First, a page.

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Australian and New Zealand Army Corps

ANZAC (abbreviation for Australian and New Zealand Army Corps) first referred to a body of Australian and New Zealand troops who fought in World War I at Gallipoli, in the Middle East and on the Western Front.

Within Australasia the Anzacs came to stand not just for the troops in World War I, but for Australian and New Zealand soldiers in time of war more generally. Anzac Day is annually celebrated in memory of those soldiers who died in war. It is celebrated each year by both countries on April 25, the date of the first landing at Gallipoli in 1915 on a beach which was subsequently to become known as Anzac Cove. (It is similar to days such as Veterans Day, Armistice Day or V-E Day celebrated in other countries.)

Anzac Formations

The original formation (the Australian and New Zealand Army Corps), which served at Gallipoli, comprised the Australian 1st Division and the New Zealand and Australian Division. The three Australian and one New Zealand mounted brigades were employed as infantry with the ANZAC during the Gallipoli campaign.

The Anzac Mounted Division (originally the Australian and New Zealand Mounted Division) fought as mounted infantry throughout the Middle East, including Egypt, the Sinai (Romani, Magdhaba and Rafa) and Palestine (First and Second Battle of Gaza, Beersheba, Jerusalem, Jericho, Es Salt, Megiddo and Amman) and Syria.

On the Western Front, Anzac formations participated in many battles. Australian and New Zealand Divisions were involved in a number of the Battles of the Somme, July to November, 1916, while components of British corps but it was only during the Battle of Pozieres, 23rd July 1916, that an Anzac formation participated. This was 1st ANZAC (Australian 1st, 2nd and 4th Divisions).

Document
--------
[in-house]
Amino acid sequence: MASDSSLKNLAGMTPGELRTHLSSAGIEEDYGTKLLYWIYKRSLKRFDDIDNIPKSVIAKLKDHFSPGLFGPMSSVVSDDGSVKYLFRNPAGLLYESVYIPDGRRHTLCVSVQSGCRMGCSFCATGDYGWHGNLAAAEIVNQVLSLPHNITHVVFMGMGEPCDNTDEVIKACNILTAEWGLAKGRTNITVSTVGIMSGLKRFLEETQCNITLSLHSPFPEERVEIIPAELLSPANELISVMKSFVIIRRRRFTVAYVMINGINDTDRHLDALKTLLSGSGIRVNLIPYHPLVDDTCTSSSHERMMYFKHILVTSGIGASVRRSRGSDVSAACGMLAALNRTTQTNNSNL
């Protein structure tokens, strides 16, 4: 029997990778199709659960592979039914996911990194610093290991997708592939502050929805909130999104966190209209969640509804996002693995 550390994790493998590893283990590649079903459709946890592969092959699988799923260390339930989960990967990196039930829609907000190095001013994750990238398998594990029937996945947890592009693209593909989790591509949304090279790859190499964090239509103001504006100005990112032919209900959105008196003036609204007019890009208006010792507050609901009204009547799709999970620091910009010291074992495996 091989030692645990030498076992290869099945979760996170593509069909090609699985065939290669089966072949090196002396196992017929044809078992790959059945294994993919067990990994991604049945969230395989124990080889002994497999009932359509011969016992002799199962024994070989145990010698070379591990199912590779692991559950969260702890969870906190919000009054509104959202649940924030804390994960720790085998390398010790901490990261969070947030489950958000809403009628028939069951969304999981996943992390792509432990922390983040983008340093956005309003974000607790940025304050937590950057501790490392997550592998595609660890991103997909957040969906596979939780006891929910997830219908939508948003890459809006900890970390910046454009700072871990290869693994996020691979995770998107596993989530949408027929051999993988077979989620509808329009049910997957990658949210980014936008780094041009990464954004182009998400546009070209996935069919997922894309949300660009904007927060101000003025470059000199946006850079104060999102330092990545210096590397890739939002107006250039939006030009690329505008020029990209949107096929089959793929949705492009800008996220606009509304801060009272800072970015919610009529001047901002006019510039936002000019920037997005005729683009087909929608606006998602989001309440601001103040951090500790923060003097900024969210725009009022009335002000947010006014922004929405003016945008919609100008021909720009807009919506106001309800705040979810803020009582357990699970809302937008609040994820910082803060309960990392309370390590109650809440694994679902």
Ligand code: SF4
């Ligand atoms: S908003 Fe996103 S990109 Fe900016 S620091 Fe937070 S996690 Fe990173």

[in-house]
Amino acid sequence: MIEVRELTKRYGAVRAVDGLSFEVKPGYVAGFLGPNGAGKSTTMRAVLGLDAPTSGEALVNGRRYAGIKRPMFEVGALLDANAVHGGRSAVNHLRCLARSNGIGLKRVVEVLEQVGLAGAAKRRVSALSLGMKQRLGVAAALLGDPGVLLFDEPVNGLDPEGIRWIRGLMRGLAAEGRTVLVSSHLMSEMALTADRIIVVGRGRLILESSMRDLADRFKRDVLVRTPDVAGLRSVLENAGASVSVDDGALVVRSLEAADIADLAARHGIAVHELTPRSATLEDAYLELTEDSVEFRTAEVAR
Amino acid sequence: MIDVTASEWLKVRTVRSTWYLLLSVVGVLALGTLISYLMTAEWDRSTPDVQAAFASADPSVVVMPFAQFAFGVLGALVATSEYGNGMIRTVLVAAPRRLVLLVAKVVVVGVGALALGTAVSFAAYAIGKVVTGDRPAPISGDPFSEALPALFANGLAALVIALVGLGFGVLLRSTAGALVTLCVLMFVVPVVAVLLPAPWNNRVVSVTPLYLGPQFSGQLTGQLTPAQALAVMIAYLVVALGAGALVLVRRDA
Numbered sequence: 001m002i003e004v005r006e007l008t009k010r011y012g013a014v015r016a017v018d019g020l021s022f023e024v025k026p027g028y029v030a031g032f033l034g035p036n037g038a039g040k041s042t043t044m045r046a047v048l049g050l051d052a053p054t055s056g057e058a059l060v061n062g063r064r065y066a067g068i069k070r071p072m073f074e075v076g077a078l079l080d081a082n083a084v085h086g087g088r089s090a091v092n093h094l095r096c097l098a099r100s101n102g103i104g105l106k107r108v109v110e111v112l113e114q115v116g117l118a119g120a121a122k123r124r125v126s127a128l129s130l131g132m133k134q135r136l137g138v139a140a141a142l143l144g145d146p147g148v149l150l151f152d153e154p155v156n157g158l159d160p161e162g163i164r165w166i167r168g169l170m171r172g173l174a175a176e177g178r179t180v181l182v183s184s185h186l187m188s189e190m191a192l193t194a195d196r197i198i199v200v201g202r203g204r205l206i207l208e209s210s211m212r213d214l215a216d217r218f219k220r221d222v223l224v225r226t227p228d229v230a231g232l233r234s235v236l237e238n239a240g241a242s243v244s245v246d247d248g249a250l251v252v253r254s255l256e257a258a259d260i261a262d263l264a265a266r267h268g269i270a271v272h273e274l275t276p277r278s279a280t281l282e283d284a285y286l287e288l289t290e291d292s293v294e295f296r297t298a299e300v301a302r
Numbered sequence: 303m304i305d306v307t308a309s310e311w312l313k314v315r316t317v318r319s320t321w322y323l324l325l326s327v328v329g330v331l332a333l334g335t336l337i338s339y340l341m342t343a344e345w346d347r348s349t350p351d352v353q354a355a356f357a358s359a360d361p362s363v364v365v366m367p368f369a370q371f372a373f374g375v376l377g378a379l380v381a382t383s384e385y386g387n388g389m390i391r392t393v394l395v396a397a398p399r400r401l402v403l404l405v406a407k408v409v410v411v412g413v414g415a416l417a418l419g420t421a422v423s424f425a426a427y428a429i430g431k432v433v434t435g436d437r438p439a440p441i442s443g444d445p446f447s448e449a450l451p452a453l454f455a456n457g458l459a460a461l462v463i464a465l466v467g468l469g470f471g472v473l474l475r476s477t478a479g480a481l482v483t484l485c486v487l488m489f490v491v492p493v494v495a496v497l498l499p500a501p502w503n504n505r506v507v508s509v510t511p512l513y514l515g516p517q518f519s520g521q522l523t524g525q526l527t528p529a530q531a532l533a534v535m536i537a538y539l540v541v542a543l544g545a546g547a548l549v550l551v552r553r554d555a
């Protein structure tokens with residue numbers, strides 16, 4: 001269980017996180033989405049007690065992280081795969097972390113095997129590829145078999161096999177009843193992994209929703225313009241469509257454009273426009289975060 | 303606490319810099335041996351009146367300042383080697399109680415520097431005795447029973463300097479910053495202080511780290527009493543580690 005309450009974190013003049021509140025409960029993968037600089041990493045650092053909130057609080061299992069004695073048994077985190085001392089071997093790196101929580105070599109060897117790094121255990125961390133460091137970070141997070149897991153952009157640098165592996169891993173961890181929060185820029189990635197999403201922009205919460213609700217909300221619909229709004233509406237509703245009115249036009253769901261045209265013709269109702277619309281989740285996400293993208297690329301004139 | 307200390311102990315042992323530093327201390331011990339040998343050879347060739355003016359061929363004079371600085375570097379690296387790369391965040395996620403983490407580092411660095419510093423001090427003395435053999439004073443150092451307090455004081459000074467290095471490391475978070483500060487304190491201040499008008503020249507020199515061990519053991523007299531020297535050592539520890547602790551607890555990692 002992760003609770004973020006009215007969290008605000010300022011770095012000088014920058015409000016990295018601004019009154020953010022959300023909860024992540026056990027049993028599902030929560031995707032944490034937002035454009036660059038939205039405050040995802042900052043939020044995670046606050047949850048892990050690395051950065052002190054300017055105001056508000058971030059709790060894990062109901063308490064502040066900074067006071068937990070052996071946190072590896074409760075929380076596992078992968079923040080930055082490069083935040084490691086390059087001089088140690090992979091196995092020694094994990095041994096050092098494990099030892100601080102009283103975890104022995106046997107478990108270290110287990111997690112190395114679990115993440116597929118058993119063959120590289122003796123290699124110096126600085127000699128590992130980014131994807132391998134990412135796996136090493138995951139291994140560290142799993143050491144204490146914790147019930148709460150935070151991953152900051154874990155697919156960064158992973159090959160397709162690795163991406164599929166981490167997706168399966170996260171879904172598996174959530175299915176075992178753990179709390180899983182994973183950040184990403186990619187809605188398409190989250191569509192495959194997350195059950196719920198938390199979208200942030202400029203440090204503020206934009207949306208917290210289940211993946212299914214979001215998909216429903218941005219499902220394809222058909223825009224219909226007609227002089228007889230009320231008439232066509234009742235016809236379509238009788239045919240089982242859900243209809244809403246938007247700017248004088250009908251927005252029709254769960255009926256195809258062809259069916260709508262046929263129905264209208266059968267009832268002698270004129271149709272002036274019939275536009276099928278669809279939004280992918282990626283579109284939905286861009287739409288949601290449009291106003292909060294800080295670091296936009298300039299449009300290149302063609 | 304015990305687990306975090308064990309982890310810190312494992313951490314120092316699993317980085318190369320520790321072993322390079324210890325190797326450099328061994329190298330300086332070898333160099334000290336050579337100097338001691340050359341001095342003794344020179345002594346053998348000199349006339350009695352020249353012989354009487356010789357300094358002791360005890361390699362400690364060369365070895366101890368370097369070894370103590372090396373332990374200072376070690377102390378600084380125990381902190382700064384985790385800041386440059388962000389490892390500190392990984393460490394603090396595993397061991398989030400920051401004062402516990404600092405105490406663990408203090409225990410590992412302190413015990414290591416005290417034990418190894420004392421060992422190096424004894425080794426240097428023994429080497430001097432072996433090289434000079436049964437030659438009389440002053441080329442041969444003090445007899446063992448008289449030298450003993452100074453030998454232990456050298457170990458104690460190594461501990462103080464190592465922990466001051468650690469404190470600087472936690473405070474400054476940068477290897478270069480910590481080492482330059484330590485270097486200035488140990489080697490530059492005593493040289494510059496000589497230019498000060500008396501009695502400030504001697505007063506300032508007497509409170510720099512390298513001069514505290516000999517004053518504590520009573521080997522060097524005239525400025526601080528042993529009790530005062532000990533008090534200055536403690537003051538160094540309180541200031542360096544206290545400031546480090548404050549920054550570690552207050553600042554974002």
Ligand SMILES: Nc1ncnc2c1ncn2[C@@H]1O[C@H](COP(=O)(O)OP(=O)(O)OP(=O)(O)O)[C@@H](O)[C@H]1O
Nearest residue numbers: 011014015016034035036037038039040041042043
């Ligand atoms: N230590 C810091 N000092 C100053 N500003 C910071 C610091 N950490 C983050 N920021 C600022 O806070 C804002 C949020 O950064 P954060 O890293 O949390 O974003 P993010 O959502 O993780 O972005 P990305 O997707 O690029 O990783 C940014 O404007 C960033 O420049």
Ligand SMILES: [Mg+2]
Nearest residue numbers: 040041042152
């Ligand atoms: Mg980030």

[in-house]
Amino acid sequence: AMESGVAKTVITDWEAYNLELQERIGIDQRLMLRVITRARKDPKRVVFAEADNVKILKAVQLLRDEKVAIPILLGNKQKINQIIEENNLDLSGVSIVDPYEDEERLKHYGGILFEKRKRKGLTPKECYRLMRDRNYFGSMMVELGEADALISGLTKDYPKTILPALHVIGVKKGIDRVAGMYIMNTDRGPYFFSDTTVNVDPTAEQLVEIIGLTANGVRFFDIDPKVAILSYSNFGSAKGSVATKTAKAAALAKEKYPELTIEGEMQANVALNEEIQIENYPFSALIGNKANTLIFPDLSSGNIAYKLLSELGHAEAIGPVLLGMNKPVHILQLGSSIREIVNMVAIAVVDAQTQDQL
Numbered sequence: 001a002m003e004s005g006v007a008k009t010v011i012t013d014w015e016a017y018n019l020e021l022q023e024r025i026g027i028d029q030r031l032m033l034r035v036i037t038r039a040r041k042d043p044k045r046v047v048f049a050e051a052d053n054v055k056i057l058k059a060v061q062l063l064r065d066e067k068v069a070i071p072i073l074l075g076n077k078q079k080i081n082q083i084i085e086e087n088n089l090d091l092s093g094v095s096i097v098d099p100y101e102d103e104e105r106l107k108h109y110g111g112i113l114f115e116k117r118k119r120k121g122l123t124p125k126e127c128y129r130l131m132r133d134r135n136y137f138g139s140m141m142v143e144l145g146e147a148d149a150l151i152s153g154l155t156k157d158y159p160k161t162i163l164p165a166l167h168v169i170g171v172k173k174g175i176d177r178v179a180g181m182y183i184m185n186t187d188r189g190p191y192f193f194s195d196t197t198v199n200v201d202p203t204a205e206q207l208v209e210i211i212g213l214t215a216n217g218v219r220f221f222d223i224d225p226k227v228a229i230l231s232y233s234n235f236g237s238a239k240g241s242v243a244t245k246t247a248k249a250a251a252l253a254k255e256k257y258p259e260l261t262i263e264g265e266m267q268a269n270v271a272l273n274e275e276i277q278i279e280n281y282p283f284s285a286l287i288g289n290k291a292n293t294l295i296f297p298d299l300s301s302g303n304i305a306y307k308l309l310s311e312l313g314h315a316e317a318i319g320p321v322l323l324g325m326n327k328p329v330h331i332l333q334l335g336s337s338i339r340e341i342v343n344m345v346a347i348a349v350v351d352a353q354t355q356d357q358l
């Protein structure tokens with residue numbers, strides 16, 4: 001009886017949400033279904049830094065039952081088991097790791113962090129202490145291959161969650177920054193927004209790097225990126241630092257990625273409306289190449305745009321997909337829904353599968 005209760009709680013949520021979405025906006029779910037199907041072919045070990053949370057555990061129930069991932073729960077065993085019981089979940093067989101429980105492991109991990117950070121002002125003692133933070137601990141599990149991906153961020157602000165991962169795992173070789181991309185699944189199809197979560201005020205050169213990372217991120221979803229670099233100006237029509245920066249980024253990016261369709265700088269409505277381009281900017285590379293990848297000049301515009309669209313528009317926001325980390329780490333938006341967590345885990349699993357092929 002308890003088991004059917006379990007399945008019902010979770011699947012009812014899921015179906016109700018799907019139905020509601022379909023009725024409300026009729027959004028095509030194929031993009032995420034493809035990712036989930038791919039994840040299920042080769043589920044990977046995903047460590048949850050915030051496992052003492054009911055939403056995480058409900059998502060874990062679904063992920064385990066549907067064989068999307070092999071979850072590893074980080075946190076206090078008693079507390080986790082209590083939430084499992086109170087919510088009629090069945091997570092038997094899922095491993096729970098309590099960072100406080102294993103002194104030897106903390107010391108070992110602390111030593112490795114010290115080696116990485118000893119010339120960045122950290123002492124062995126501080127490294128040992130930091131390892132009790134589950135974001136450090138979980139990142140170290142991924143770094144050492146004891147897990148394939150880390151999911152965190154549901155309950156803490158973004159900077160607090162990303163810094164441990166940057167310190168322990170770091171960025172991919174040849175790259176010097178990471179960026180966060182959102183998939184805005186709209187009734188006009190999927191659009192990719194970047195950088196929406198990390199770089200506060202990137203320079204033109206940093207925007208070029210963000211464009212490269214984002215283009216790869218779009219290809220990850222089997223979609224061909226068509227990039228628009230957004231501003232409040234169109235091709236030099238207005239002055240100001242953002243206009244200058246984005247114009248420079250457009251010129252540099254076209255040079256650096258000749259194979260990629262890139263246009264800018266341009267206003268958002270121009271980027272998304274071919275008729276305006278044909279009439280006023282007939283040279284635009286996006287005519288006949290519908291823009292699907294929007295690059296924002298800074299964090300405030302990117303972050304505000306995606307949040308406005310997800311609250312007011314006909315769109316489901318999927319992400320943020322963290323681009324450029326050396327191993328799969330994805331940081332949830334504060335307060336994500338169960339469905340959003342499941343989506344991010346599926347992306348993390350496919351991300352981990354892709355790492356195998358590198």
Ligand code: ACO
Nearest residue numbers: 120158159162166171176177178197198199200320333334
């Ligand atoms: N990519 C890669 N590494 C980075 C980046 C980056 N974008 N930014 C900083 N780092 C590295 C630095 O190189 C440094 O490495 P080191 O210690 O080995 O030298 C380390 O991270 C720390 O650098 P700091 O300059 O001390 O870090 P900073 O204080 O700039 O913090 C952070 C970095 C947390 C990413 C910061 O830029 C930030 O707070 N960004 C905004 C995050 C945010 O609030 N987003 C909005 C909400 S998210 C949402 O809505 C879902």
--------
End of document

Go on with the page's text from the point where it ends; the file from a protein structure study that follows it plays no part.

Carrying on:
In the Arras Offensive (April-May 1917) the 1st ANZAC was involved in combat around Bullecourt. At various times this formation contained the Australian 1st, 2nd, 4th and 5th Divisions.

2nd ANZAC (Australian 3rd and 4th Divisions, New Zealand Division plus the British 25th Division) fought in the Battle of Messines, July 1917, which was a prelude to an Allied offensive from the Ypres salient.

In the middle and closing stages (August to November, 1917) of the Third Battle of Ypres, also called the Battle of Passchendaele, Anzacs fought in the following attacks:

;the Battle of Menin Road:1st ANZAC (Australian 1st, 2nd, 4th and 5th Divisions) ;the Battle of Polygon Wood:1st ANZAC (Australian 1st, 2nd, 4th and 5th Divisions) ;the Battle of Broodseinde:1st ANZAC (Australian 1st and 2nd Divisions), 2nd ANZAC (Australian 3rd Division and the New Zealand Division) ;the Battle of Poelcapelle:1st ANZAC (Australian 1st and 2nd Divisions) ;the First Battle of Passchendaele:1st ANZAC (Australian 4th and 5th Divisions), 2nd ANZAC (Australian 3rd Division and the New Zealand Division) ;the Second Battle of Passchendaele:1st ANZAC (Australian 1st, 2nd and 5th Divisions)

At Villers-Bretonneux, in the 1918 First Battles of the Somme, the ANZAC designation ceased to be used to represent an army corps containing Australian and New Zealand Divisions. 1st ANZAC was renamed the Australian Corps (and comprised the Australian 4th and 5th Divisions at the time).

During the Vietnam War, two companies from the Royal New Zealand Infantry Regiment operated as part of the 4th Battalion of the Royal Australian Regiment (4RAR) which was then referred to as the 4RAR/NZ (Anzac) Battalion.